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Content marketing is one of the dominant strategies in the modern digital marketing world. That’s partially due to its accessibility (since anyone can write and publish content on the web). But it’s also a testament to its effectiveness.
Of course, practicing content marketing isn’t a surefire way to generate traffic or even build your brand reputation — especially now. The truth is, marketers everywhere are suffering from the effects of “bad” content, whether they’re the ones writing it or not.
If content marketing is going to survive as a strategy, we need to collectively address it.
What is bad content?
Bad content is pretty much what it sounds like. It’s typically content produced for its own sake, rather than to serve a specific purpose. Instead of being written to inform the public or entertain a specific target audience, it’s written merely to generate traffic or improve the visibility of the brand.
That said, the intent of the piece isn’t the main problem. The main problem is that the content cuts corners, or otherwise adds little value to a given conversation. It doesn’t cover new ground. It doesn’t make strong points. It doesn’t offer new research. Sometimes, it’s not even well written, ending up riddled with typos and semantic errors.
The ongoing publication and syndication of bad content leads to a host of negative consequences for marketers, both on a first order (affecting the publisher directly) and a second order (affecting everyone, even those not publishing bad content).
First order effects
Writing and publishing bad content will negatively impact your brand, even if you see some marginal increases in traffic or brand recognition.
- Reputational damage. When a person reads an empty or poorly researched piece of content, they often look to the author to see who’s responsible for it. If your brand is associated with bad content, it’s going to take a reputational hit, sooner or later. You don’t want to be known as the company that makes shoddy content.
- SEO issues. In some cases, an influx of hastily written content can actually harm your positions in search engines. Google’s search ranking algorithm significantly considers content quality when evaluating trustworthiness and eventual positions; in other words, if you care about search engine optimization (SEO), bad content will do more harm than good.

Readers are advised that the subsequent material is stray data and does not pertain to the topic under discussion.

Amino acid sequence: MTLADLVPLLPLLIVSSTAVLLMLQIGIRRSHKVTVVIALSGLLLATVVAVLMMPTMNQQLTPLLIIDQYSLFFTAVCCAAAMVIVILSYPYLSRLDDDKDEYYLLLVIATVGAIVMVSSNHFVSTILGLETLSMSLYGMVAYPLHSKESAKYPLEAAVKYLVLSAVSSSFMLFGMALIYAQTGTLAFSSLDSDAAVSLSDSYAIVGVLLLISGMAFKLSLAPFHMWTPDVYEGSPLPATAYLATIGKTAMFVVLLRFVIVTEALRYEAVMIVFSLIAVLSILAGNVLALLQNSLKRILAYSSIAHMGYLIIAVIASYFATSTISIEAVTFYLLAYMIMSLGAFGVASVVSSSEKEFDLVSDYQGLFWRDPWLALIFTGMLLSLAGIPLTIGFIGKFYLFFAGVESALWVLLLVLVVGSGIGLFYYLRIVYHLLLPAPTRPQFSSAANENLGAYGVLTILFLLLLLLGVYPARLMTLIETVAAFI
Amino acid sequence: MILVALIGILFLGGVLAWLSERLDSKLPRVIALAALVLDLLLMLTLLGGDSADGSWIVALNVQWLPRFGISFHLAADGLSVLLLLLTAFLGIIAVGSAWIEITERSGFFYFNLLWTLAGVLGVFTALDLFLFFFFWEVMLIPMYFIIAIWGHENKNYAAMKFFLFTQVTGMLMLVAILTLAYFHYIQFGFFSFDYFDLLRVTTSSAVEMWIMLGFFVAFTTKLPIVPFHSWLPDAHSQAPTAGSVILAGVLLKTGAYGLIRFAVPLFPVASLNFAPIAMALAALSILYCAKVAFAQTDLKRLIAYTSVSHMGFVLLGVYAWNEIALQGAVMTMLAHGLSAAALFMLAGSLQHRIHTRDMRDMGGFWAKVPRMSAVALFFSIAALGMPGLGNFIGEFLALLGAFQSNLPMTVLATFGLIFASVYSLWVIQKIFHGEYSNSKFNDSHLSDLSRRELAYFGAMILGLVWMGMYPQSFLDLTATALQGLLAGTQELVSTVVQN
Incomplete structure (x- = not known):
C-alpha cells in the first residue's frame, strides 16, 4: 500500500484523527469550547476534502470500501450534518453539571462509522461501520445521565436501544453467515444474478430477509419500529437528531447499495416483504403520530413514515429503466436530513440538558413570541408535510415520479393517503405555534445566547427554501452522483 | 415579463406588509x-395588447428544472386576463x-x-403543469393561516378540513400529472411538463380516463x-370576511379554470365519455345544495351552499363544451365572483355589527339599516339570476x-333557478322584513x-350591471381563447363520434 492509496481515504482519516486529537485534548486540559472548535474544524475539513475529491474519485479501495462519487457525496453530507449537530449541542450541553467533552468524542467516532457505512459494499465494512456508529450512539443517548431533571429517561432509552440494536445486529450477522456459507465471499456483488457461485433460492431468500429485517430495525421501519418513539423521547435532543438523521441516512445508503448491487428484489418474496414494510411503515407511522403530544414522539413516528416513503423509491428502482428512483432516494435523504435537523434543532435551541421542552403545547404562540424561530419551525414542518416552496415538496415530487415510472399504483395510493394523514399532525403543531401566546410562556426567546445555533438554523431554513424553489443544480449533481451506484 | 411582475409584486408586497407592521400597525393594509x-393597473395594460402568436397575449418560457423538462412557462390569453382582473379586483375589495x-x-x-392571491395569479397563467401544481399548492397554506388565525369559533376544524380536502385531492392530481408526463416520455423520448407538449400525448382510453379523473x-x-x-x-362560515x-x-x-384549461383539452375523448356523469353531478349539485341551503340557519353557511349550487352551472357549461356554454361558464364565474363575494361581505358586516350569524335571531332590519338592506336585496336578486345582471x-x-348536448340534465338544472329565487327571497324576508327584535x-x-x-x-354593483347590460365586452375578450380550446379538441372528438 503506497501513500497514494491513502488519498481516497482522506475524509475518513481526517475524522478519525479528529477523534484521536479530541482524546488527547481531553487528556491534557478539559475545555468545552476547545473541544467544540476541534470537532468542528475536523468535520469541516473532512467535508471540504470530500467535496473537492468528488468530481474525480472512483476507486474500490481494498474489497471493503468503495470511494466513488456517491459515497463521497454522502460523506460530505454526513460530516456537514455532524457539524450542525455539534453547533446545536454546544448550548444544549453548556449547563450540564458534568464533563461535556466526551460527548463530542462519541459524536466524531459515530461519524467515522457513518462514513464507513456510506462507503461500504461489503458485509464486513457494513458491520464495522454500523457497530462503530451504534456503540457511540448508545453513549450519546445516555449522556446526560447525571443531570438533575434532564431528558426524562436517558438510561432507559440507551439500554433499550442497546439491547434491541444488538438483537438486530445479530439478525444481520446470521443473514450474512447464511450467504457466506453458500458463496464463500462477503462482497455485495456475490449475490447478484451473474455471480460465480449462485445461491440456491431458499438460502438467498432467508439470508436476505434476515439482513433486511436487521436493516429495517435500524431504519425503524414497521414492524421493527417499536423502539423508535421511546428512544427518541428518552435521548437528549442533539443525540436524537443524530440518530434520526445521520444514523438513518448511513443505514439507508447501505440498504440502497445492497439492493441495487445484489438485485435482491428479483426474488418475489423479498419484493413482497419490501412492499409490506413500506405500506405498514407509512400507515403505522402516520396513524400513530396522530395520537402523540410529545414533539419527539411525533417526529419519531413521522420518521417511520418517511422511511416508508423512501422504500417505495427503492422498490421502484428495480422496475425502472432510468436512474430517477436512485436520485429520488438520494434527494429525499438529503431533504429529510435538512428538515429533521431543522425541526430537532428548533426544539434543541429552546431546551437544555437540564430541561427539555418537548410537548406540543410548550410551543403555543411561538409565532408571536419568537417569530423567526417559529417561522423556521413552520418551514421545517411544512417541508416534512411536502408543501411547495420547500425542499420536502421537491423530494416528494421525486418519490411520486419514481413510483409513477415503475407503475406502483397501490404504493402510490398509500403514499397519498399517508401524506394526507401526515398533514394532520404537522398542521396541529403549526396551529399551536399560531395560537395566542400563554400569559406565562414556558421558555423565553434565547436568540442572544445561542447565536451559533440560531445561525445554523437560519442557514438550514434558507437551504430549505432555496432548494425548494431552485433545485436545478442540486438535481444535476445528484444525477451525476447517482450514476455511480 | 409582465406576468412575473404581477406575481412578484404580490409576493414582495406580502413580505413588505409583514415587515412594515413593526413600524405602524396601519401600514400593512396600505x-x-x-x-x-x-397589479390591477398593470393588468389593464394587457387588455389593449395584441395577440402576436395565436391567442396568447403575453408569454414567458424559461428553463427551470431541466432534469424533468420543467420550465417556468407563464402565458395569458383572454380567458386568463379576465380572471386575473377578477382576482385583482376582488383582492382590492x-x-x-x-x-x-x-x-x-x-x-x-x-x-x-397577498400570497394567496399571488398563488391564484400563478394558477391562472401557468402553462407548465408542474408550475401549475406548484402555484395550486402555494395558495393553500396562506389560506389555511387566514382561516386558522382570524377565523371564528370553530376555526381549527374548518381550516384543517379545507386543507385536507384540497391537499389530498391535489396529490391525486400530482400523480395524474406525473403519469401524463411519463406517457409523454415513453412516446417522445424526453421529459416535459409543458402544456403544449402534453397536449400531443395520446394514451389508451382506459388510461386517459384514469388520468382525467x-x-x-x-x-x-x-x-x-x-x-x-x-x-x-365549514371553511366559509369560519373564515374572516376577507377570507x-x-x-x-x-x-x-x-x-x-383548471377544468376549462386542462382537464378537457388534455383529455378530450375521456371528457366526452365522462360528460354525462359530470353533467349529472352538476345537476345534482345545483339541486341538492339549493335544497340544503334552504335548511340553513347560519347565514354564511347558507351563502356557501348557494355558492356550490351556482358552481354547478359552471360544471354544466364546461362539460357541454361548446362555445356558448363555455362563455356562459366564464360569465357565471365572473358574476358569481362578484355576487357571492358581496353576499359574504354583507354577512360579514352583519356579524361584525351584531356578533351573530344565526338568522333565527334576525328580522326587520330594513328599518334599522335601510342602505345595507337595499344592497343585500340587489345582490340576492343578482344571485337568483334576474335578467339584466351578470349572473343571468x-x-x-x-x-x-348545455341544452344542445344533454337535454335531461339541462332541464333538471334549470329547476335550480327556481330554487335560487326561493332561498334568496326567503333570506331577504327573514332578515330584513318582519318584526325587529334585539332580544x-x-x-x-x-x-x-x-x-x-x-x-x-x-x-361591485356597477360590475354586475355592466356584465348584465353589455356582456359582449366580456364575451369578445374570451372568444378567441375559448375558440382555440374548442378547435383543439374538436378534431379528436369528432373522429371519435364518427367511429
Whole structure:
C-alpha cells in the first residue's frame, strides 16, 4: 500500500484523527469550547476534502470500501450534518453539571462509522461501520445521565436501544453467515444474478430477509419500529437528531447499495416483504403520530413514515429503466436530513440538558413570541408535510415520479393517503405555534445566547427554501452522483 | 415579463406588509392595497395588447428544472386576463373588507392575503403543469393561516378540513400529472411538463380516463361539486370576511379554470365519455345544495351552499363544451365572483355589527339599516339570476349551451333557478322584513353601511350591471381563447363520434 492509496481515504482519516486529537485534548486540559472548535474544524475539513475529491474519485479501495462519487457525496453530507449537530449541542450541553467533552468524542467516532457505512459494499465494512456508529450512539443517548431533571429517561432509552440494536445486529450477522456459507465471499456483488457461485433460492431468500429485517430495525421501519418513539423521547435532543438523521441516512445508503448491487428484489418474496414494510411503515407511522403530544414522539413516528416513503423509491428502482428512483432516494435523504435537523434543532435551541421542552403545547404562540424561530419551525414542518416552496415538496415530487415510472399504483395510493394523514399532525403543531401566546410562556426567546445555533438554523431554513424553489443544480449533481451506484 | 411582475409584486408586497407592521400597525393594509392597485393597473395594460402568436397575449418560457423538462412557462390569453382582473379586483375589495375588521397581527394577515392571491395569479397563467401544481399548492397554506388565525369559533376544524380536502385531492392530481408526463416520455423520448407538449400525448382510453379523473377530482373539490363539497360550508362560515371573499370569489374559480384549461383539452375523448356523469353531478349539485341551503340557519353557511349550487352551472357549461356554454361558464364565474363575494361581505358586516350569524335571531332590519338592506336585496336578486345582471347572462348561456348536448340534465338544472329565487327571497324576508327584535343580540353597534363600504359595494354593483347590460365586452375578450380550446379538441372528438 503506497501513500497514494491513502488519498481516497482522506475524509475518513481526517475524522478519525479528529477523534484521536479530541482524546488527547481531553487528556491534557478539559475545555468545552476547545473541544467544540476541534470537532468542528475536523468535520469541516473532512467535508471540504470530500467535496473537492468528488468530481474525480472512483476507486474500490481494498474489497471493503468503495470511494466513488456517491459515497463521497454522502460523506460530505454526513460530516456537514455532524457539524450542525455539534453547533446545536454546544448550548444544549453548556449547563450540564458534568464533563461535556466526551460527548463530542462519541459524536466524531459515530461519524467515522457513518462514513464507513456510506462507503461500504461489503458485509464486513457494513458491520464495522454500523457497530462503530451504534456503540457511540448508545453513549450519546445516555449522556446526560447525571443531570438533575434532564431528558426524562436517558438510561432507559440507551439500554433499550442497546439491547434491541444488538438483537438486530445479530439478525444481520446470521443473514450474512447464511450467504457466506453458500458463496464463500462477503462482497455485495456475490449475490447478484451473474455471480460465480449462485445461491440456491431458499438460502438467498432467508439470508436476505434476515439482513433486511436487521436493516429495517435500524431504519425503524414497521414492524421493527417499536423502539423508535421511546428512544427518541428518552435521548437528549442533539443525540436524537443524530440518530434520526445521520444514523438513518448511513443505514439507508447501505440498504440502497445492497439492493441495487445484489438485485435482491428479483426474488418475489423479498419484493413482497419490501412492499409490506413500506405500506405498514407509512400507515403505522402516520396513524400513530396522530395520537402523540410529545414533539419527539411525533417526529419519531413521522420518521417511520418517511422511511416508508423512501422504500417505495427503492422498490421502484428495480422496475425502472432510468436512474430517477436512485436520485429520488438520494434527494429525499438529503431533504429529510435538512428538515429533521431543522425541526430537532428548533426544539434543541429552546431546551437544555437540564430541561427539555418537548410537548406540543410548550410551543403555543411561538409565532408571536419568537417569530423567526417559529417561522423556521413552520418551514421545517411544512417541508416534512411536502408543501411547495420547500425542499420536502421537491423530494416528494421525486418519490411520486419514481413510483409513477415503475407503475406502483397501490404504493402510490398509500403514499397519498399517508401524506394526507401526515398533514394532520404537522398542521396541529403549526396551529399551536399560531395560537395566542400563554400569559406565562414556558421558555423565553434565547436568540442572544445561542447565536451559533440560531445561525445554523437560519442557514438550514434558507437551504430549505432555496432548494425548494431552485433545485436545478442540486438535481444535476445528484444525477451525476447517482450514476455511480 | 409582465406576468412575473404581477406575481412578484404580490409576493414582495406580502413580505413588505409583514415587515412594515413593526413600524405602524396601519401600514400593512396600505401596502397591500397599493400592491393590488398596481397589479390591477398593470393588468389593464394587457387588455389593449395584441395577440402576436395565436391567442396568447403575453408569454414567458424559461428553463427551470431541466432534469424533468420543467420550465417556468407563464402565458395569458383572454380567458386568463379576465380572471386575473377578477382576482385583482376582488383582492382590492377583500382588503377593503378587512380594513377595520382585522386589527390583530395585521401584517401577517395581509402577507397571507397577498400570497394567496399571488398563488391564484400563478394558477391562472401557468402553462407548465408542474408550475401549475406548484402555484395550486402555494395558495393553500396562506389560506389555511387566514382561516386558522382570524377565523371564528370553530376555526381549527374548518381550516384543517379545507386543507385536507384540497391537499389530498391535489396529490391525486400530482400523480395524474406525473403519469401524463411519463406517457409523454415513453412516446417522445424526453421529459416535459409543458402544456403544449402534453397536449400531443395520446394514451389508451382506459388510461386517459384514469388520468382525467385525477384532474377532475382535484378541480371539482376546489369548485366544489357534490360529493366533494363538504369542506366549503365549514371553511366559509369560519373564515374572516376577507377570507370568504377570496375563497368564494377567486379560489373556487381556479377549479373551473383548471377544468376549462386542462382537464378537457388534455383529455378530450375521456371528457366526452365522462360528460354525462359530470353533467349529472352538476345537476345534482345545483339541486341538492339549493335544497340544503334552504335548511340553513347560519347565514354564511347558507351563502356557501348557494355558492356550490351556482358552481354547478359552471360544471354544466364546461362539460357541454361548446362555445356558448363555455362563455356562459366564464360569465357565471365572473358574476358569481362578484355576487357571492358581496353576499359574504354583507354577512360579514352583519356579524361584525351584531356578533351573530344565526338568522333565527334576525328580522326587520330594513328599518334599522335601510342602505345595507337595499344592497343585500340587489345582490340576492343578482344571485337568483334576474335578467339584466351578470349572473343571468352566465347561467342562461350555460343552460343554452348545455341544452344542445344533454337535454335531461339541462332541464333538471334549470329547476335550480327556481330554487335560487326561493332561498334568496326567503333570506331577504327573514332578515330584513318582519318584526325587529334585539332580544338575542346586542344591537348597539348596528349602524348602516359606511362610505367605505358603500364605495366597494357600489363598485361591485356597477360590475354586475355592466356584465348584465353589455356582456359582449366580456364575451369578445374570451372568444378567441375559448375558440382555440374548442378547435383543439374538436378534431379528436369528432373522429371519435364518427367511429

- ROI and cost issues. Writing a piece of bad content still takes time, money and effort. If the bulk of your content marketing strategy is centered on “bad” pieces, it’s going to ruin your return on investment (ROI).
Second order effects
Bad content in circulation also affects the entire marketing industry — even if you’re not immediately aware of these effects.
- Consumer trust. Consumer trust in brands is already at an all-time low. It’s part of the reason why traditional advertising is met with such skepticism and cynicism in the modern era. The more the internet is flooded with bad content, engineered for marketing purposes only, the more consumer trust is going to fall; increasingly, companies will be seen as greedy manipulators that don’t care about quality.
- The efficacy of content marketing. Content marketing originated as a way to build trust with consumers — that’s what made it powerful. But as bad content becomes the new norm, content marketing suffers reputational damage. Everyone’s strategy takes a hit.
- Content pollution. Here’s the thing about bad content — it’s cheap and easy to produce. It’s therefore easy to flood the internet with bad content. This “content pollution” makes it harder and harder for good content to stand out and get the attention it deserves.
Is your content bad?
Generally speaking, you should have an intuition for whether or not your content is “bad.” If you only care about it as a tool for generating traffic, if you outsource the work to non-native speakers or if you rush through the content with no regard to its structure, research or writing, you probably have bad content on your hands.
But if you’re in a gray area and you’re not sure whether your content meets a decent threshold of quality, there are some aspects you can check:
- Research. Are your claims backed with evidence? Did you look up the counterarguments? Which sources do you cite?
- Purpose. Are you genuinely trying to inform or help people? Or are you only interested in optimizing for a specific keyword?
- Grammar, spelling, syntax, etc. Your finished content should be flawless after a few rounds of review and revision.
- Feedback. How do your readers feel about this content? This is arguably the most important factor, so run surveys to collect more feedback.
There isn’t much you can do about other businesses and individuals writing and publishing bad content, but you can take control over your own approach. Take some time to audit your current content marketing strategy (if you have one) and re-prioritize the quality of your work.
Originally appeared in Entrepreneur